Jeff Wigelsworth Ph.D.
Jeff Wigelsworth is an historian who specializes in the intellectual environment of early-modern Europe. His research explores the assimilation of theological, political, and scientific ideas into the culture of seventeenth and eighteenth century England. This work is concerned primarily with the views of English deists and their critics, but also finds expression in studies of how science became part of England’s national discourse through exposure to newspaper advertisements. Currently he is looking at a late-seventeenth century attempt to use Isaac Newton’s mathematics to determine the date of the Second Coming. He is also exploring the historical use of violence to change people’s minds
Social Sciences and Humanities council of Canada Post-doctoral Fellowship 2006-2008
Ph.D. (History), University of Saskatchewan 2006
M.A. (History of Science), University of Calgary 2000
B.A. (History), University of Calgary 1997
Early Modern and Medieval, History of Witchcraft, Science and Religion, English Social History, Modern European, British Empire, and the United States.
Selected Publications (since 2006)
- All Souls College, Oxford in the Early Eighteenth Century: Piety, Political Imposition, and Legacy of the Glorious Revolution. Scientific and Learned Cultures and Their Institutions series (Leiden: Brill, 2018).
- Editor (with Wayne Hudson and Diego Lucci), Atheism and Deism Revalued: Heterodox Religious Identities in Britain, 1650-1800 (Aldershot: Ashgate, 2014).
- Selling Science in the Age of Newton: Advertising and the Commoditization of Knowledge. Science, Technology and Culture, 1700-1945 series (Aldershot: Ashgate, 2010).
- Deism in Enlightenment England: Theology, Politics, and Newtonian Public Science. Politics, culture and society in early modern Britain series (Manchester: Manchester University Press, 2009).
- Science and Technology in Medieval European Life. Daily life through history series (Westport, CT: Greenwood Press, 2006).
- "Male Embodiment of a Female Witch Body, a Hypothesis,” Magic, Ritual, & Witchcraft, forthcoming.
- “Edward Stillingfleet’s Theological Critique of Cartesian Natural Philosophy,” History of European Ideas, forthcoming
- (with Diego Lucci) “‘GOD DOES NOT ACT ARBITRARILY, OR INTERPOSE UNNECESSARILY’: Providential Deism and the Denial of Miracles in Wollaston, Tindal, Chubb, and Morgan,” Intellectual History Review, 25 (2015): 167-189.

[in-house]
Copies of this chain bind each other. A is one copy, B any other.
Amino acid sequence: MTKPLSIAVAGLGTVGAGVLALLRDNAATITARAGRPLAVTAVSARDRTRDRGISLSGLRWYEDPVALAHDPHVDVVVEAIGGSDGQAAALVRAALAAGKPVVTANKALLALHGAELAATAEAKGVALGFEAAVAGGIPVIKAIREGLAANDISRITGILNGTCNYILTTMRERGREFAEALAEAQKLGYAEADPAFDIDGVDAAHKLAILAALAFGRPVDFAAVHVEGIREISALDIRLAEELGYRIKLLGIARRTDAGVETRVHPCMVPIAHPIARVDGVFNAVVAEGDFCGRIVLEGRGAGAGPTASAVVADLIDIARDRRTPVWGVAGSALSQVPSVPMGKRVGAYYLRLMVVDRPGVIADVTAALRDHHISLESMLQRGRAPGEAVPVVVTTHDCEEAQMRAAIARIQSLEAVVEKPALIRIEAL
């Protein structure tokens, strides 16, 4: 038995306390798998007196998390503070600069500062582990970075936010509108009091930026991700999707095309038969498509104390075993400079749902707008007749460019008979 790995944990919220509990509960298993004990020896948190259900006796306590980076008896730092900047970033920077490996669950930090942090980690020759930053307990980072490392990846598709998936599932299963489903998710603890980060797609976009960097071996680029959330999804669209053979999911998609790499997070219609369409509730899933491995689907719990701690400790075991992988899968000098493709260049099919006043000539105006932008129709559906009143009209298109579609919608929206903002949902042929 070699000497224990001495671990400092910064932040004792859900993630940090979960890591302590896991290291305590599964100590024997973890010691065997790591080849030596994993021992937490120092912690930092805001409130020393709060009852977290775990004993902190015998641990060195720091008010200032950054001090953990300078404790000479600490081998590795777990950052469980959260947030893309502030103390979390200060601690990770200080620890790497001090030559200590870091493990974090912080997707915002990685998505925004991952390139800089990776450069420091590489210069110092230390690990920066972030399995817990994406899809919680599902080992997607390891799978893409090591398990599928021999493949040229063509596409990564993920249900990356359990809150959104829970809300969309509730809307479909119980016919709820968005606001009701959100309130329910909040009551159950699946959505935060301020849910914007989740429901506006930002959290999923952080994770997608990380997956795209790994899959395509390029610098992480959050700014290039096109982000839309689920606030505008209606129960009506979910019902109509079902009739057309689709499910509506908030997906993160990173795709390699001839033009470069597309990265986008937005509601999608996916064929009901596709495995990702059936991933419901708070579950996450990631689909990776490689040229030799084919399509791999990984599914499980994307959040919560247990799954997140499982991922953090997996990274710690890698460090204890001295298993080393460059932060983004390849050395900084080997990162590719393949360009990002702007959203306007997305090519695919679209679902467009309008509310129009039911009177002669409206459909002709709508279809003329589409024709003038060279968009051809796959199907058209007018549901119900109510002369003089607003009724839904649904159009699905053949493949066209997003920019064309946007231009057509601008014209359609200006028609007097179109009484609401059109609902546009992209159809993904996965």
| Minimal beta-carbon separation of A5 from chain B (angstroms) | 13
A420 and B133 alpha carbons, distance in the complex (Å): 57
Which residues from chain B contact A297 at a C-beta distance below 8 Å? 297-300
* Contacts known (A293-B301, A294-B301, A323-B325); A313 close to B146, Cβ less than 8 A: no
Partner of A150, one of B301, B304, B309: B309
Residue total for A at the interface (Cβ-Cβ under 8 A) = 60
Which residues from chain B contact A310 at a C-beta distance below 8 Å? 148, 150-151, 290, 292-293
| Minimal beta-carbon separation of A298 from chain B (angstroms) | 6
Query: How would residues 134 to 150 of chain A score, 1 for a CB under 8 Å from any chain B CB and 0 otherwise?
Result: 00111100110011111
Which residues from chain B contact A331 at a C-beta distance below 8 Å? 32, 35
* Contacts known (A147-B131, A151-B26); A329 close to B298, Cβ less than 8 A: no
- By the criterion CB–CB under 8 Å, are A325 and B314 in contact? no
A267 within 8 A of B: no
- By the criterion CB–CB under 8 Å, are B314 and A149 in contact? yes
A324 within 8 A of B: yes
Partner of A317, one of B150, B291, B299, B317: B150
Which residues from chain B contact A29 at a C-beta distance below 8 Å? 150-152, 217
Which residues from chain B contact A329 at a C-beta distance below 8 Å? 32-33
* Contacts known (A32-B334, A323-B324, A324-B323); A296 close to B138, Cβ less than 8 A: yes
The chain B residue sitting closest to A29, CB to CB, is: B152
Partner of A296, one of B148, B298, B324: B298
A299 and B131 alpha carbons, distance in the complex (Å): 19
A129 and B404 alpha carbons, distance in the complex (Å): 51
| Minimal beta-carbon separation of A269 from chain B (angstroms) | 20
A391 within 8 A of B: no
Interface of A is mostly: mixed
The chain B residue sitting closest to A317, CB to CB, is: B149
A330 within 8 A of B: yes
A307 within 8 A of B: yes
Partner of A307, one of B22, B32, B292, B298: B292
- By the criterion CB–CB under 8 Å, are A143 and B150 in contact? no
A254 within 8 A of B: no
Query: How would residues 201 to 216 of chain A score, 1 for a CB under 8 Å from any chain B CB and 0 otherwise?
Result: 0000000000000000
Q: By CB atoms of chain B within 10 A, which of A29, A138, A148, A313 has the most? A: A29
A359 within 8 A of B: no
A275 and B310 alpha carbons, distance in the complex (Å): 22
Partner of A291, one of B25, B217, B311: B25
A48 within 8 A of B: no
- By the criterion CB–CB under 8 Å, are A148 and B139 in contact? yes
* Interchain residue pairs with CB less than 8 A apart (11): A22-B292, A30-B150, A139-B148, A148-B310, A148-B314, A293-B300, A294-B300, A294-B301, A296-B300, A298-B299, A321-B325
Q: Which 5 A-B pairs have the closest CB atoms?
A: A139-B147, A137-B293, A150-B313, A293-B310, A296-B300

- “Of Gowns and Governments: The Spectre of James II at the University of Oxford in the early Eighteenth Century,” History of Universities, 27/2 (2013): 116-145.
- “The Battle for Religion in Eighteenth-Century Oxford: All Souls College, the Warden, the Fellows, the House of Commons, the Archbishop of Canterbury, and the Queen of England,” History of Universities 26/2 (2012): 150-195.
- “A Sheep in the Midst of Wolves: Reassessing Newton and English Deists,” Enlightenment and Dissent, (Special Issue: Isaac Newton and Eighteenth-Century Thought) 25 (2009): 260-286.
- “The Disputed Root of Salvation in Eighteenth-Century English Deism: Thomas Chubb and Thomas Morgan Debate the Impact of the Fall,” Intellectual History Review 19 (2009): 29-43.
- “Samuel Clarke’s Newtonian Soul,” Journal of the History of Ideas 70 (2009): 45-68.
More than twenty reviews in
- British Journal for the History of Science
- Canadian Journal of History
- Early Science and Medicine
- The English Historical Review
- History and Philosophy of the Life Sciences
- Journal of British Studies
- Journal of Ecclesiastical History
- University of Toronto Quarterly
I am writing an article-length study of John Craig's use of Issac Newton's work to calculate the likely year for the Second Coming of Christ.
2017-2020: Canadian Society for the History and Philosophy of Science Advisory Board
Awards and Honours
2020: Red Deer College, Recognition of Scholarly Activity Award.
2016: Red Deer College, Recognition of Scholarly Activity Award.
2015: Red Deer College, Recognition of Scholarly Activity Award.
2011 – 2012: Social Sciences and Humanities Research Council of Canada Standard Research Grant.
2006 – 2008: Social Sciences and Humanities Research Council of Canada Post-Doctoral Fellowship.
2002 – 2004: Social Sciences and Humanities Research Council of Canada Doctoral Fellowship.